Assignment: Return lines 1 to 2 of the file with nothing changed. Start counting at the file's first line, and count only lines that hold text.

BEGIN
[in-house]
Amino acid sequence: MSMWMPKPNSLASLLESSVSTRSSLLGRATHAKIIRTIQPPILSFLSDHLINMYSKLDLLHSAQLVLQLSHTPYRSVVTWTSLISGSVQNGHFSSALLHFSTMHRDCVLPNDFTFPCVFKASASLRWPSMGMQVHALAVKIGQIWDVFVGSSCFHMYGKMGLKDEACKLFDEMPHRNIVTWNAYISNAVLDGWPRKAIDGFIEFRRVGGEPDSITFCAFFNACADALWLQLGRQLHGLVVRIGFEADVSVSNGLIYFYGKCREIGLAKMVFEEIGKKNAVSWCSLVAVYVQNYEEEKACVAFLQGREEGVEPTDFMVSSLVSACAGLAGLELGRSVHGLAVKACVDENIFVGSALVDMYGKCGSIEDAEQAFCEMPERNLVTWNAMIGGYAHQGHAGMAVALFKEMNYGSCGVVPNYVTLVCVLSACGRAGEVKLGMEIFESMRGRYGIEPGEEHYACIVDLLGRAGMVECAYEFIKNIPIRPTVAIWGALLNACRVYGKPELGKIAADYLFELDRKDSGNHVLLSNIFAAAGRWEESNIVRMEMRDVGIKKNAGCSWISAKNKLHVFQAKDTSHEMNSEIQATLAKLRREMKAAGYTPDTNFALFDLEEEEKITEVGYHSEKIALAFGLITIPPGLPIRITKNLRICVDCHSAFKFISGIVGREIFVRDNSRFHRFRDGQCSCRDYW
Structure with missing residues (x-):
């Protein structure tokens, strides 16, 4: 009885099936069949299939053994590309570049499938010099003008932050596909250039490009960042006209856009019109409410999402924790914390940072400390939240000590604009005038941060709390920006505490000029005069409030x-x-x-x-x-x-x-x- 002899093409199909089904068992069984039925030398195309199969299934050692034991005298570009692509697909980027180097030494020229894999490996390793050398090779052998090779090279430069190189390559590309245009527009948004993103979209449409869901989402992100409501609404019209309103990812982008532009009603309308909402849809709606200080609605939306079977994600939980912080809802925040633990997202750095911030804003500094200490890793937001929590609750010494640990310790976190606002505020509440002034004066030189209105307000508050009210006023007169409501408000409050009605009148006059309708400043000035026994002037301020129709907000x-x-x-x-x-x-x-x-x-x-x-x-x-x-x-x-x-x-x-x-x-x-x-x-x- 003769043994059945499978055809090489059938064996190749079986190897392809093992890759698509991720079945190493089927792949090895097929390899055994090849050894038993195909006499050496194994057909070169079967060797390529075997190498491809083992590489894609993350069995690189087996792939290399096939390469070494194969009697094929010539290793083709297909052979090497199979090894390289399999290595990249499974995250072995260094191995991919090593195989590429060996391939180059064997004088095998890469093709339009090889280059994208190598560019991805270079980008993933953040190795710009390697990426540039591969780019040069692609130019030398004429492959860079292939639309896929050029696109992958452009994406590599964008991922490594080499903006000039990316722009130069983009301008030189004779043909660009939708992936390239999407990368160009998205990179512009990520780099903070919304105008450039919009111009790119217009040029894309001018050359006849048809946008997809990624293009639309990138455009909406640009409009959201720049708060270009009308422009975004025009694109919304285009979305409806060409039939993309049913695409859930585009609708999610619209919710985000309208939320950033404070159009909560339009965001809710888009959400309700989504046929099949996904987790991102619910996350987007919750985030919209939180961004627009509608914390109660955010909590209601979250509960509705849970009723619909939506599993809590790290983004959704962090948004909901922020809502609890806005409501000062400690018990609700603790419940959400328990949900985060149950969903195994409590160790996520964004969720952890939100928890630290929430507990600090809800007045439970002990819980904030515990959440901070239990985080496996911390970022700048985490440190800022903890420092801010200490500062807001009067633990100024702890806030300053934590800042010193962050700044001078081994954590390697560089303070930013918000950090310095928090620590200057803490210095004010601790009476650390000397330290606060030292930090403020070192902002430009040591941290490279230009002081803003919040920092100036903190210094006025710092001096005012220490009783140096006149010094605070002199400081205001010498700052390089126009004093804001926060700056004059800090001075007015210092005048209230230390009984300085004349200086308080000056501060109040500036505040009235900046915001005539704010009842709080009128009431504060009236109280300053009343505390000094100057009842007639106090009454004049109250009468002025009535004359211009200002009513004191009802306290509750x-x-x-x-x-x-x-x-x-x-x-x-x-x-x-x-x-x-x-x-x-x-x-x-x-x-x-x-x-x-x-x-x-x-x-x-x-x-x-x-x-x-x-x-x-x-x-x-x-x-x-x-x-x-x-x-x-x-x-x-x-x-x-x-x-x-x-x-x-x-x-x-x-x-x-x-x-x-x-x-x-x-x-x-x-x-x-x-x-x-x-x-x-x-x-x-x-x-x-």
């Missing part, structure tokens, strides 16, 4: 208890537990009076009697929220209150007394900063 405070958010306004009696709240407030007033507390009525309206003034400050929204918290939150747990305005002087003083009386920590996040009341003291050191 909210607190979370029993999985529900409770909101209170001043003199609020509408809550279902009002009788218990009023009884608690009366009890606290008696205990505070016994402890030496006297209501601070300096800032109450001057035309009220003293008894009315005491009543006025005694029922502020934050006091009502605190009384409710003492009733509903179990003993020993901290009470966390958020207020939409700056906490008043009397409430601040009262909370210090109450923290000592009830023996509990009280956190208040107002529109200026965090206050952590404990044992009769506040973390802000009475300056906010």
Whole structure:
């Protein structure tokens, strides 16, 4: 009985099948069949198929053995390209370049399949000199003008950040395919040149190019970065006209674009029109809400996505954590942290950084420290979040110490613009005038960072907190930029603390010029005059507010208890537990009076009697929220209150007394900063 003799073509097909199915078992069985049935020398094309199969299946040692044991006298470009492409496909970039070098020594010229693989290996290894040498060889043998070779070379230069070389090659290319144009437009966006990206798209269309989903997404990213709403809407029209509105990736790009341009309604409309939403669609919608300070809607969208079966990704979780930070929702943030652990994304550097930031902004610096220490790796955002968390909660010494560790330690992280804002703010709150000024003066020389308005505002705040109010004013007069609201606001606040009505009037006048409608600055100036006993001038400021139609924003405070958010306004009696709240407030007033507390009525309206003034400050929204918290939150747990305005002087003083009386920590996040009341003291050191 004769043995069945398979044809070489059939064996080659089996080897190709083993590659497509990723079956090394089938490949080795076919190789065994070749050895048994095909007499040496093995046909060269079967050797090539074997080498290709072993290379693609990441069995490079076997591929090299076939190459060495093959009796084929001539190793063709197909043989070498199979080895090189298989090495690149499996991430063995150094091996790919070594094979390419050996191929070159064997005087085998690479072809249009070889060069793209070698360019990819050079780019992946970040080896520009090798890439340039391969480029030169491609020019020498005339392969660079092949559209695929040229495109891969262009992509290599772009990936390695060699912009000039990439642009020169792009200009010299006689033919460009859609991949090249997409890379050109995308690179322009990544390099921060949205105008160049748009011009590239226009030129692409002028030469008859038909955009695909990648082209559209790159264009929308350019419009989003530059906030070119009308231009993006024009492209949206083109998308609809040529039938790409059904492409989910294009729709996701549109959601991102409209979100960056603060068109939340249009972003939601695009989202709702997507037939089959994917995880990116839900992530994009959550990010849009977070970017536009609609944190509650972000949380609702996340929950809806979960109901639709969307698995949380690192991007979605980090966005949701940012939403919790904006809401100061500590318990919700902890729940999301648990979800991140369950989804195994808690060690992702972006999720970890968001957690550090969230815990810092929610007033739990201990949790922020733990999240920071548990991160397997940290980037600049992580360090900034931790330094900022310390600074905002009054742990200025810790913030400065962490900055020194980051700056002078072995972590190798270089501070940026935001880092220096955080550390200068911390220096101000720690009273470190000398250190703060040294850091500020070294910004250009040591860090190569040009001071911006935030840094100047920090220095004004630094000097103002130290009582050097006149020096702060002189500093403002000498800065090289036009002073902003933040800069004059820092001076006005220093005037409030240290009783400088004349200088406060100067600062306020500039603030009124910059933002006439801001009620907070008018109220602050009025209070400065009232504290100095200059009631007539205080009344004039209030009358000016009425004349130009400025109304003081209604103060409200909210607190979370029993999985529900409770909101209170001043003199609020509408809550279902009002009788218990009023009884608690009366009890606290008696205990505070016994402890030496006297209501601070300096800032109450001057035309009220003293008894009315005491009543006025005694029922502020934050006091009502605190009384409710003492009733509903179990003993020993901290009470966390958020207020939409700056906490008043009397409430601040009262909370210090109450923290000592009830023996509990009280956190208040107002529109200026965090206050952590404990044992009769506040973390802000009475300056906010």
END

[in-house]
Amino acid sequence: MSMWMPKPNSLASLLESSVSTRSSLLGRATHAKIIRTIQPPILSFLSDHLINMYSKLDLLHSAQLVLQLSHTPYRSVVTWTSLISGSVQNGHFSSALLHFSTMHRDCVLPNDFTFPCVFKASASLRWPSMGMQVHALAVKIGQIWDVFVGSSCFHMYGKMGLKDEACKLFDEMPHRNIVTWNAYISNAVLDGWPRKAIDGFIEFRRVGGEPDSITFCAFFNACADALWLQLGRQLHGLVVRIGFEADVSVSNGLIYFYGKCREIGLAKMVFEEIGKKNAVSWCSLVAVYVQNYEEEKACVAFLQGREEGVEPTDFMVSSLVSACAGLAGLELGRSVHGLAVKACVDENIFVGSALVDMYGKCGSIEDAEQAFCEMPERNLVTWNAMIGGYAHQGHAGMAVALFKEMNYGSCGVVPNYVTLVCVLSACGRAGEVKLGMEIFESMRGRYGIEPGEEHYACIVDLLGRAGMVECAYEFIKNIPIRPTVAIWGALLNACRVYGKPELGKIAADYLFELDRKDSGNHVLLSNIFAAAGRWEESNIVRMEMRDVGIKKNAGCSWISAKNKLHVFQAKDTSHEMNSEIQATLAKLRREMKAAGYTPDTNFALFDLEEEEKITEVGYHSEKIALAFGLITIPPGLPIRITKNLRICVDCHSAFKFISGIVGREIFVRDNSRFHRFRDGQCSCRDYW